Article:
Amanda – Thank you for sharing that recommendation. Can you repeat the name of the book and the author?
Nicole – Paolo Freire, Pedagogy of the Oppressed.
Amanda – You know, you mentioned what you deserve as internalized. And a lot of research is coming out now that, number one dieting doesn’t work for most people. 90% of people who go on diets fail. But also that children as young as 8 are expected to diet and have body conformity. And how that influences the way that children see themselves. Around the age where they’re starting to develop self-identity, they’re being told you take up too much space. You’re too big. And then it creates this culture of, “I deserve any bad treatment I get because I’m not conforming.” And that doesn’t just affect self-esteem, that affects how peers treat them, and also how adults treat children.
Nicole – Yeah.
Amanda – In a way that, we’re about to share something that’s pretty intense, so just wanna, to give you a content warning, we’re gonna talk about child abuse related to a child’s body size. So if you don’t feel like you can handle that, then maybe leave off the episode right now. So we’re gonna talk about the story of La’Ravah Davis. She was —
Nicole – 5.
Amanda – She was 5. And she was a little girl who did not fit the cultural standard of small which is kind of the expectation for little girls. And her mother and her mother’s boyfriend who was a former professional football player, her mother’s name was Amy Taylor. And the boyfriend’s name was Cierre Woods. And they were accused of the murder of this little girl because of the size of her body. Nicole, if you wanna share.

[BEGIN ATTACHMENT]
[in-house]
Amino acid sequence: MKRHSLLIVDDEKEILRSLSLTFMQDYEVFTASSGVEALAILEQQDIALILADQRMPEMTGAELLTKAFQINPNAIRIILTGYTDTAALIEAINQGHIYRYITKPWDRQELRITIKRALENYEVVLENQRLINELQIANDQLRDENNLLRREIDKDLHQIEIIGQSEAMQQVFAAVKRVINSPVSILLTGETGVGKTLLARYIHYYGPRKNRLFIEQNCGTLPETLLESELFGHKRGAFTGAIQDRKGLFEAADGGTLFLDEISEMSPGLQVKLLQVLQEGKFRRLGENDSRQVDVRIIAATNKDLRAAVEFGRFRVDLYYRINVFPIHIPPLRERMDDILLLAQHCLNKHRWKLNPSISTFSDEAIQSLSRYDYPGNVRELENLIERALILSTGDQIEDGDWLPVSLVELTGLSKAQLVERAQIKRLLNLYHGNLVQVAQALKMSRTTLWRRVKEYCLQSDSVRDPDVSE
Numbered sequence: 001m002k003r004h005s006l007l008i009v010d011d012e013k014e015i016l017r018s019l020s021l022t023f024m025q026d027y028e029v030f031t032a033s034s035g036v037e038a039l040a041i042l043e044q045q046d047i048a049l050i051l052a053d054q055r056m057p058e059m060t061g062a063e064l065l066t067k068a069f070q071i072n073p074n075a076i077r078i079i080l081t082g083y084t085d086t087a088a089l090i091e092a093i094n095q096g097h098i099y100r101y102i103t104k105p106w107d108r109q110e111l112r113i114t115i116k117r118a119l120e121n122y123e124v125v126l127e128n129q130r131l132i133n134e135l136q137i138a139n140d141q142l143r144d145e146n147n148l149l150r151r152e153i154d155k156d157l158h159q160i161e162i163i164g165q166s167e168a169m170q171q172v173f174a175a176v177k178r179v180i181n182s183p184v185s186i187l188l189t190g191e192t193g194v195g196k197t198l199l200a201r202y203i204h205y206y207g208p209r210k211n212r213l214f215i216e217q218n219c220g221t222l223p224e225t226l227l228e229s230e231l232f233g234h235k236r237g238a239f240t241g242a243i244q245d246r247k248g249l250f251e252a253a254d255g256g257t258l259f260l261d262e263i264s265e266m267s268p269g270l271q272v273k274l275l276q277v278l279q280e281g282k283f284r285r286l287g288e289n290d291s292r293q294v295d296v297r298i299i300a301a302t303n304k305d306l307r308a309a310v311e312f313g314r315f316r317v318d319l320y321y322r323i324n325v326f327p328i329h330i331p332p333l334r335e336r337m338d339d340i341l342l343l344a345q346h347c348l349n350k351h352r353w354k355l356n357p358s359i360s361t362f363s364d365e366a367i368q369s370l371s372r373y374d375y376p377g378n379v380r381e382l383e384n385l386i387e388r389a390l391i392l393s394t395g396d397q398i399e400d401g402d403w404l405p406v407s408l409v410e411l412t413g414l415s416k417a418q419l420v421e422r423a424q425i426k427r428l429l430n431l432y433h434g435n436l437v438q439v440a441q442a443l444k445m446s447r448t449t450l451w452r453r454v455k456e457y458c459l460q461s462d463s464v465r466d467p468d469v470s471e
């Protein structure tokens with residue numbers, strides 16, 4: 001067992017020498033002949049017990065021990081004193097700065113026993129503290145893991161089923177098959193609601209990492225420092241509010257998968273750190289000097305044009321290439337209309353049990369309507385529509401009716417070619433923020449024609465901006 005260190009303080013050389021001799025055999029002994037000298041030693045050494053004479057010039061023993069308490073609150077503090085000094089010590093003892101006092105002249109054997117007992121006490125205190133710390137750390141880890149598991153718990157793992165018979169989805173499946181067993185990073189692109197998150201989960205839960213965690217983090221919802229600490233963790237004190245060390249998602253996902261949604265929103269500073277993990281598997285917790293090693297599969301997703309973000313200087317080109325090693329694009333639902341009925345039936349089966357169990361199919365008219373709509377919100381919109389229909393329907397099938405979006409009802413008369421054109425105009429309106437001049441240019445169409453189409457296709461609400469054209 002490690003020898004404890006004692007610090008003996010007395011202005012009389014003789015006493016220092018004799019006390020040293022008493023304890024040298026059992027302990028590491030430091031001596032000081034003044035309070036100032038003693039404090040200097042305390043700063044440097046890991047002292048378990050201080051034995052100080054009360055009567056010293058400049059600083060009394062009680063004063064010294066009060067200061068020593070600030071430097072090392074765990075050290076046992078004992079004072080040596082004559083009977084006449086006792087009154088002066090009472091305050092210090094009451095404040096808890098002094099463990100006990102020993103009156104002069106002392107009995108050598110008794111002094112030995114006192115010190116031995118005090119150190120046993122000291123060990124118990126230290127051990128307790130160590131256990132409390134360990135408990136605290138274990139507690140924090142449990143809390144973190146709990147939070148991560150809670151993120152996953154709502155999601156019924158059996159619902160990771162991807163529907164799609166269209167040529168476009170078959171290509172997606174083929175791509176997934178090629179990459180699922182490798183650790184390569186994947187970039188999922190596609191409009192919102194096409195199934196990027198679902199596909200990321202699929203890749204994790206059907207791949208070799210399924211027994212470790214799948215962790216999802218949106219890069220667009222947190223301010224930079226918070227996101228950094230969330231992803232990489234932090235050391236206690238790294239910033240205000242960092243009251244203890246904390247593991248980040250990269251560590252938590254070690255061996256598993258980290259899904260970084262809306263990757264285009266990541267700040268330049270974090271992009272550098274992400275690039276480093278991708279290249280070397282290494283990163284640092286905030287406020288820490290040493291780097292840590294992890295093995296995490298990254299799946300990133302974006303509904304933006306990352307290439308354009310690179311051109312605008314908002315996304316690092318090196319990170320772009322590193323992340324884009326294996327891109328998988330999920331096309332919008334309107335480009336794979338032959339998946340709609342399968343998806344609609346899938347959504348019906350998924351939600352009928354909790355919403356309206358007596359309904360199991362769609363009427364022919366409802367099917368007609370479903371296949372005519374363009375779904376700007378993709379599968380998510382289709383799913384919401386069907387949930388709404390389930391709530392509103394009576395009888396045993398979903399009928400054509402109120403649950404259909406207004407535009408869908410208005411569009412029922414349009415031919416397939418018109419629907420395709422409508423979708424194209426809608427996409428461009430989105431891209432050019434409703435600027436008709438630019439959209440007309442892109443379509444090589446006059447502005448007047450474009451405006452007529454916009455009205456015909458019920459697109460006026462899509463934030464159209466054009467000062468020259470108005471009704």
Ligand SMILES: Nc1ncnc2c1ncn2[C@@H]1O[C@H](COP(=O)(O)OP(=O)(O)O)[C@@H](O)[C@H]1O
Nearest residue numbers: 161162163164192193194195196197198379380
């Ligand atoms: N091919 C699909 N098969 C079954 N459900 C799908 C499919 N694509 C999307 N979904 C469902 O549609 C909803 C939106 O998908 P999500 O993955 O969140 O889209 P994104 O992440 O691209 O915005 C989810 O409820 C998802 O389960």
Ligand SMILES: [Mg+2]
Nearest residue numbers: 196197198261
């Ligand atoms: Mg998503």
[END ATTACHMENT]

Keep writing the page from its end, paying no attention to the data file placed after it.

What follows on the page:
Nicole – Yeah. So I just, this was a Tweet that I saw and then I texted it to Amanda and just talking about like Twitter as a space to share grief. Like I didn’t even retweet it because I was just so sad and outraged. That I was like, I don’t even know, Twitter wasn’t the place for me to express my grief about it. But reading some articles on it, it seems like that there was some abuse going on outside of this incident that we’re gonna talk about. But the boyfriend was trying to find ways to discipline the 5 year old girl and he says in some of the interviews that we read that he didn’t feel like he could spank her. So he would have her exercise because, and he said, she was chunky. And that it would be good for her and it would help her on her life. And then this girl, this 5 year old child died as a result of the abuse. And part of that was that he had her running and doing sit-ups and she went into cardiac arrest. And just the fact that this 5 year old child was exercised to the point of death, along with the other abuse, that it’s all tragically mixed up there together. But that this was, you’re disciplining a 5 year old child and you’re calling her chunky and saying that she needs to do this extreme exercise in order to get onto a better path in life. And just that, that grief reminded me a lot about, 2012 I believe, Children’s Healthcare of Atlanta did a campaign against childhood obesity that was just abhorrent. Where they stigmatized fat children. And bullied fat children publicly. And it made me think of that, and how this, this case of this young girl dying is tragic and everyone will call it evil. But it shows up from official people who are supposed to care about the health of children and everyone calls it good. And just that grief.